What is LSEM?
Legal Services of Eastern Missouri (LSEM) provides free legal services in non-criminal, civil cases to low-income and elderly residents in 21 counties in eastern Missouri.
Is LSEM a government agency?
No. LSEM is a private non-profit corporation governed by a local Board of Directors.
Do I need to live in a certain area to be represented by LSEM?
We assist clients in the following 21 counties of eastern Missouri: Adair, Clark, Franklin, Jefferson, Knox, Lewis, Lincoln, Macon, Marion, Monroe, Montgomery, Pike, Ralls, Schuyler, Scotland, Shelby, St. Charles, St. Louis City, St. Louis County, Warren, Washington.
If you live in any of Missouri's 94 other counties, please visit www.lsmo.org to locate your local legal aid office.
Does everyone have a "right" to an attorney at LSEM?
No, no-one has a "right" to help from LSEM. Not every civil legal issue may be eligible for actual representation. Before a case is accepted, the case must be determined to have legal merit and meet LSEM priorities, and the applicant must be financially eligible.
Because LSEM does not have the financial resources to serve all applicants who ask for our help, many persons are sadly turned away. Many other people may receive limited representation, are given advice only, or are referred to another agency.
Will I have to pay a fee for obtaining legal services from LSEM?
No, you do not have to pay any attorney fees, but there may be some other kinds of costs related to court proceedings that you might have to pay.
Who is eligible for legal services?
Applicants must qualify for our services under financial guidelines. These guidelines are based on household size, income and assets and may differ based on legal need or funding availability. Eligibility requirements also include a consideration of assets, case type, and priorities.
Eligibility may be extended beyond the standard limits when alternative grant funding is received that allows expansion of those guidelines. Some grants allow us to serve groups such as non-profit organizations. Not all who qualify on the basis of income will receive services. Availability of funding and staff to handle a case impact our ability to serve all who call us for help. We try every day to raise more funds to be able to help more eligible persons who call, but sadly we must turn many away.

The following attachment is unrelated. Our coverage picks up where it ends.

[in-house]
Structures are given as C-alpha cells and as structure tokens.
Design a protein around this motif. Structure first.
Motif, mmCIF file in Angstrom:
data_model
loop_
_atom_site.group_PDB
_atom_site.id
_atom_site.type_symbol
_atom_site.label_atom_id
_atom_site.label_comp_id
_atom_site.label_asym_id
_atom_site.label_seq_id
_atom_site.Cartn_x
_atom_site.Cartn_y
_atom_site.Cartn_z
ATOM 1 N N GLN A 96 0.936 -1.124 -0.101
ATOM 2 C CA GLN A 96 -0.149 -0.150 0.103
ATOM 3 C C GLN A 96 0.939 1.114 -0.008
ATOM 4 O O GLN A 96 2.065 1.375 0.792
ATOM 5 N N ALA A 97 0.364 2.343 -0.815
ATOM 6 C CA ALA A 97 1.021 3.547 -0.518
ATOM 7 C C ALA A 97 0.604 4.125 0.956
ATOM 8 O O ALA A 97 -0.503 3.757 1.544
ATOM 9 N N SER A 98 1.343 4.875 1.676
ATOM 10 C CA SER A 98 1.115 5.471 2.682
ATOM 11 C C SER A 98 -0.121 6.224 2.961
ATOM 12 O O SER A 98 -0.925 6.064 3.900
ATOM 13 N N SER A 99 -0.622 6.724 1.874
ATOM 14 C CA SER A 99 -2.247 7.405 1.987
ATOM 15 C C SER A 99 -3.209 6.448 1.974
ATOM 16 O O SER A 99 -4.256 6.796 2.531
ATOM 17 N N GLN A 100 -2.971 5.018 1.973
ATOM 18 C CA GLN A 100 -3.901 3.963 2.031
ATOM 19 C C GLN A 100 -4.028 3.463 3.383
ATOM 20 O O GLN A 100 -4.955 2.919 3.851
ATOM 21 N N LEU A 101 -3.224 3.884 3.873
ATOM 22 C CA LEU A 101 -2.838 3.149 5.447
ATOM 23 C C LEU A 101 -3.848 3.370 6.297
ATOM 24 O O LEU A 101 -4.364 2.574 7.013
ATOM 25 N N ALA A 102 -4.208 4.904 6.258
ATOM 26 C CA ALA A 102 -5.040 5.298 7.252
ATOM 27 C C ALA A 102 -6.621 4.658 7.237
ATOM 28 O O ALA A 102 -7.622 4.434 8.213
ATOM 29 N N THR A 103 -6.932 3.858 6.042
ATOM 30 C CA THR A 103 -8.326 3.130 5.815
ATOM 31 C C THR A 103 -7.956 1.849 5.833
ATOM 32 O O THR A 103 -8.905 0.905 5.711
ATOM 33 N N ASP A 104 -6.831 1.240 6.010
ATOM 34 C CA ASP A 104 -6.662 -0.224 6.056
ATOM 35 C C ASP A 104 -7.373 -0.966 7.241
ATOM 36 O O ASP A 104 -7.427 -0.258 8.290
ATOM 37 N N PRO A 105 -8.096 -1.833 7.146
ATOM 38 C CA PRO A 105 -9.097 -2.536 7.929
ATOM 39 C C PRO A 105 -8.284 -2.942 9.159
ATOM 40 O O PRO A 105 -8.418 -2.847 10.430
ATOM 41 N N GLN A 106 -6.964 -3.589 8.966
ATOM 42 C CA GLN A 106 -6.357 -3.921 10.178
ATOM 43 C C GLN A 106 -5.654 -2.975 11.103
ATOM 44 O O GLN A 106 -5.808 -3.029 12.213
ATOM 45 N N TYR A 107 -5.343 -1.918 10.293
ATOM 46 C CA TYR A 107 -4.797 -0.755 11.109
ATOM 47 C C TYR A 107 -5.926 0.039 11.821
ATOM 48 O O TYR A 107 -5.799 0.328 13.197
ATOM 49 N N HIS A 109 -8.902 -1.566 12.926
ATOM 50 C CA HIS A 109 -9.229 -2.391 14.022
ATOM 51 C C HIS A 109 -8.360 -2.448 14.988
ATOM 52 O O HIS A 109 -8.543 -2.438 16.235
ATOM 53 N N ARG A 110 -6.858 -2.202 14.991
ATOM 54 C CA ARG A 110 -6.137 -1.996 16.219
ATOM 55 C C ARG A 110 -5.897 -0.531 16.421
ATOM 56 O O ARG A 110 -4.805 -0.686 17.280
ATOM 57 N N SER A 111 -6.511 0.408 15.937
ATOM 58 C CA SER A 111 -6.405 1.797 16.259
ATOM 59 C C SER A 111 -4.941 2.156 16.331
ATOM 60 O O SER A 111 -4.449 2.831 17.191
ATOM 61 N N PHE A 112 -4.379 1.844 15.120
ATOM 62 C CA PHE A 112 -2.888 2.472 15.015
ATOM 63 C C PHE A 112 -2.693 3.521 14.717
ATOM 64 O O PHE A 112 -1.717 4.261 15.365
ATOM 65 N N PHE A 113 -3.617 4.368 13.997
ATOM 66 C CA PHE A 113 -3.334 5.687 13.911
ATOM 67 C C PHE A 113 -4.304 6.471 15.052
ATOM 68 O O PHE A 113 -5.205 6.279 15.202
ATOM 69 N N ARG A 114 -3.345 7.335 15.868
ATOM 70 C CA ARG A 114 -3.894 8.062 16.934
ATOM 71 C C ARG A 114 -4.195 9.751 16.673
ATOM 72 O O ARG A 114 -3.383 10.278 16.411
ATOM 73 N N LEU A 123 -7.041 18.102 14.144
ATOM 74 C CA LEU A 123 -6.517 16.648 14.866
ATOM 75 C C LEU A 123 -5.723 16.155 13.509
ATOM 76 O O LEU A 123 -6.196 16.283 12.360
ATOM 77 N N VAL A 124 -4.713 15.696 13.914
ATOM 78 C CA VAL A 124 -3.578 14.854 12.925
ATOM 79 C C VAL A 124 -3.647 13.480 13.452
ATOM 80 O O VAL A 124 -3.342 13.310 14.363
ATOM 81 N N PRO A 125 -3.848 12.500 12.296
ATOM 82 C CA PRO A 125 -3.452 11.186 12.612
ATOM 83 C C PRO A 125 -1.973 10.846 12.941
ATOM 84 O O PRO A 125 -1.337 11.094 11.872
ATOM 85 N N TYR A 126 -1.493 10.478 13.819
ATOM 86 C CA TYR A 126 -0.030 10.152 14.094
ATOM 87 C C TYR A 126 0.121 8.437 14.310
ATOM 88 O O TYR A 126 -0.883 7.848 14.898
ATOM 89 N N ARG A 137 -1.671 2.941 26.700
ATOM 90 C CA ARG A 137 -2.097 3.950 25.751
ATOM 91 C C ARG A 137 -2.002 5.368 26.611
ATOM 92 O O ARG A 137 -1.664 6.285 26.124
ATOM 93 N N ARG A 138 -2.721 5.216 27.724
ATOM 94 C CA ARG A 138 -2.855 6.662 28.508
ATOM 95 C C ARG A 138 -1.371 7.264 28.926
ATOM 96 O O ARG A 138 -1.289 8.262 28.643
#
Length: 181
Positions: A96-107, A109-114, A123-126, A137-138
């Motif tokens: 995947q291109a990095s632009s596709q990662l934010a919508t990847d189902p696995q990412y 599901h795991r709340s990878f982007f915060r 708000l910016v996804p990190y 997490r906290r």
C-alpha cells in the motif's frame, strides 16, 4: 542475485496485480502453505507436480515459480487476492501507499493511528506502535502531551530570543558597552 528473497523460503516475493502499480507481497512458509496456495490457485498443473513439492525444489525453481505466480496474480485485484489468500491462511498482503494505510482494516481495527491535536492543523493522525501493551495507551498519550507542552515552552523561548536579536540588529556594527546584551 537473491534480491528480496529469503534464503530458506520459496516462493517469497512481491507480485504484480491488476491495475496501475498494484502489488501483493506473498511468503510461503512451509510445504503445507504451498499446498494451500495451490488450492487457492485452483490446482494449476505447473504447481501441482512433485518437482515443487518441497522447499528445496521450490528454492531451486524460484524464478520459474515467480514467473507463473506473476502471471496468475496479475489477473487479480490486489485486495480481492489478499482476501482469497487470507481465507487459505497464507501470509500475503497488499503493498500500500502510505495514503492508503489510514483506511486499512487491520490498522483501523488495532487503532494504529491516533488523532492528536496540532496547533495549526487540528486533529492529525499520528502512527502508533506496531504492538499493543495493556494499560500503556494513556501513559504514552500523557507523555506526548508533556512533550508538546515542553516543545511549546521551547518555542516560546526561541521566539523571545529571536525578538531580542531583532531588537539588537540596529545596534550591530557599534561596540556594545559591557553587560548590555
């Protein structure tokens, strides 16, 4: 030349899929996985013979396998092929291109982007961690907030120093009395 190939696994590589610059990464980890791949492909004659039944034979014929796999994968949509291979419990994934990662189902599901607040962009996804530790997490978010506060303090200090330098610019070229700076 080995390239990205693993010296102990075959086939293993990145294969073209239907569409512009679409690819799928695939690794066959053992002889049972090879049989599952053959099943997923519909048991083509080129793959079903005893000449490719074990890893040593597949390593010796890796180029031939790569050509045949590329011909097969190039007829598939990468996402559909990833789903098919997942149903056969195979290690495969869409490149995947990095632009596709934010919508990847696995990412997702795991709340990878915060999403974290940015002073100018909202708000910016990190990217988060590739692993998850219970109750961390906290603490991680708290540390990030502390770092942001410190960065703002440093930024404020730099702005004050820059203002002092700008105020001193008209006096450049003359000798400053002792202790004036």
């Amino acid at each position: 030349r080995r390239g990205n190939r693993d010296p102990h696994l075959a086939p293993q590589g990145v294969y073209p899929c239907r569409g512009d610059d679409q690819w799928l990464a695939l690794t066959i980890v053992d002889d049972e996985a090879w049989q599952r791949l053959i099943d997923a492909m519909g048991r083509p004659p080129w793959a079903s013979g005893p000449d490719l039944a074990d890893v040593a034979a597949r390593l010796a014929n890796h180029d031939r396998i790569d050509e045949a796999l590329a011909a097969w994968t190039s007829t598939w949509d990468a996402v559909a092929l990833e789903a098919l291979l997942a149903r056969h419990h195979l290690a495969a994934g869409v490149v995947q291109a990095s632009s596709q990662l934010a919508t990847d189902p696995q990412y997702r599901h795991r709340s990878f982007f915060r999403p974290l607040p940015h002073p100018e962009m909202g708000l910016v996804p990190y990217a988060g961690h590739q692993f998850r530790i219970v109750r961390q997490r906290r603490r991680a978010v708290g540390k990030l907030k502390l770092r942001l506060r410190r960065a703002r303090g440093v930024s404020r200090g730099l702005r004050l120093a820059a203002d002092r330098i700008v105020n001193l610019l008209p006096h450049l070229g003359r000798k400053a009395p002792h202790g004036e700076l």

What kind of information will I be asked if I apply for services?
You will be asked about your household's income, the property you own, your zip code, your assets, family size and composition, age, race and citizenship or immigration status. We will also ask about your type of legal problem and any other persons or entities involved in it. It is extremely helpful if you have any paperwork about your legal problem available, and any deadlines that apply.
Will my information be kept confidential?
Yes. All information you give us is confidential and will not be given to anyone without your permission.
Does LSEM have interpreters for non-English speaking clients?
Yes. LSEM offers interpreter services for non-English speaking and hearing impaired applicants for service. If you need an interpreter, your request should be made when you make your first call to the intake line.
What kind of cases does LSEM handle?
LSEM considers accepting cases in most areas of civil law. The most common are: Housing, Domestic Violence, Special Education, Public Benefits, Consumer Issues, Domestic Violence and related Family Law, Immigration and Community Economic Development. More details can be found in LSEM Services.
We do not handle criminal and certain other cases—see next question below.
What are some examples of cases that LSEM does NOT handle?
LSEM does not handle personal injury, traffic law, bankruptcies, or criminal cases. LSEM also does not handle divorces or other family law cases unless directly related to a domestic violence or abuse situation.
How do we decide whether to accept a case?
Unfortunately, LSEM does not have the financial or staff resources to represent everyone who needs our services. Because of this, we have to make decisions on which cases take priority.
In each case, we will consider whether the person will suffer serious harm if we don't represent them; what, if anything, we can do to help them; whether the service they need can be provided by a private attorney for no fee or a low fee; and the availability of resources and staff to handle a case. We also consider the effect that the case will have on the low-income community as a whole.
Does LSEM represent groups?
LSEM is interested in representing groups and organizations, such as a non-profit entity, because this allows us to serve a greater number of people more effectively. A group or organization is eligible for our services if it mainly contains low-income people, or if it serves the interests of the low-income community, and cannot afford private legal counsel.
Can LSEM refer me to a private attorney?
If LSEM cannot assist you, you can call the following resources for a referral to a private attorney:
Lawyer Referral and Information Service (LRIS)
Missouri Bar Lawyer Referral Service
When should I seek legal advice?
Whenever you are unsure about your legal standing on an issue. Especially any time you have been served with a summons, complaint or court order of any kind, you should consult an attorney immediately. If you have questions about your legal rights or status, only an attorney can provide legal advice. Consulting an attorney may be necessary to protect or enforce your rights.
Why can't I ask legal questions through this website?
All legal services provided by LSEM, representation in legal matters as well as simple counsel and advice, requires screening to determine eligibility. At this time, we do not have the capability for clients to submit applications for legal services via our website.
How do I get help for my legal problem from LSEM?
For more information, please visit our Get Help Now page.